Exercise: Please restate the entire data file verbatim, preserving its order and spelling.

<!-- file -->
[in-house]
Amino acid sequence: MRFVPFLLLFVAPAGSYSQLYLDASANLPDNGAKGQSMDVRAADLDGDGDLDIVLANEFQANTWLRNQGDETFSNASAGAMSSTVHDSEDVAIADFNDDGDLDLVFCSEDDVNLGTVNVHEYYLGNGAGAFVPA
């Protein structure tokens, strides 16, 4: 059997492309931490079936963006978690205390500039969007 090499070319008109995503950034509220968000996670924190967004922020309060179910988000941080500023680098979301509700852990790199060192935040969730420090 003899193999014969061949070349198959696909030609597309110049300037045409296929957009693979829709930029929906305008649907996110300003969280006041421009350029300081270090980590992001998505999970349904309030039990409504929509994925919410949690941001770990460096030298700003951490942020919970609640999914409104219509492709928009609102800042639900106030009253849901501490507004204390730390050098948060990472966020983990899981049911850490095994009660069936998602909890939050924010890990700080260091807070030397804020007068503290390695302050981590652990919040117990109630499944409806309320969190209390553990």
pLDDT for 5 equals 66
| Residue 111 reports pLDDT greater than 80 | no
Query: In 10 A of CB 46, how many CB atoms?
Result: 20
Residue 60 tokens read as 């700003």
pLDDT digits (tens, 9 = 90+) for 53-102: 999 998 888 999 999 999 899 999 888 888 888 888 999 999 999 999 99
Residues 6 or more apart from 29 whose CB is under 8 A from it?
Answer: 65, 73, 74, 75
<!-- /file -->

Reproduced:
[in-house]
Amino acid sequence: MRFVPFLLLFVAPAGSYSQLYLDASANLPDNGAKGQSMDVRAADLDGDGDLDIVLANEFQANTWLRNQGDETFSNASAGAMSSTVHDSEDVAIADFNDDGDLDLVFCSEDDVNLGTVNVHEYYLGNGAGAFVPA
């Protein structure tokens, strides 16, 4: 059997492309931490079936963006978690205390500039969007 090499070319008109995503950034509220968000996670924190967004922020309060179910988000941080500023680098979301509700852990790199060192935040969730420090 003899193999014969061949070349198959696909030609597309110049300037045409296929957009693979829709930029929906305008649907996110300003969280006041421009350029300081270090980590992001998505999970349904309030039990409504929509994925919410949690941001770990460096030298700003951490942020919970609640999914409104219509492709928009609102800042639900106030009253849901501490507004204390730390050098948060990472966020983990899981049911850490095994009660069936998602909890939050924010890990700080260091807070030397804020007068503290390695302050981590652990919040117990109630499944409806309320969190209390553990």
pLDDT for 5 equals 66
| Residue 111 reports pLDDT greater than 80 | no
Query: In 10 A of CB 46, how many CB atoms?
Result: 20
Residue 60 tokens read as 């700003």
pLDDT digits (tens, 9 = 90+) for 53-102: 999 998 888 999 999 999 899 999 888 888 888 888 999 999 999 999 99
Residues 6 or more apart from 29 whose CB is under 8 A from it?
Answer: 65, 73, 74, 75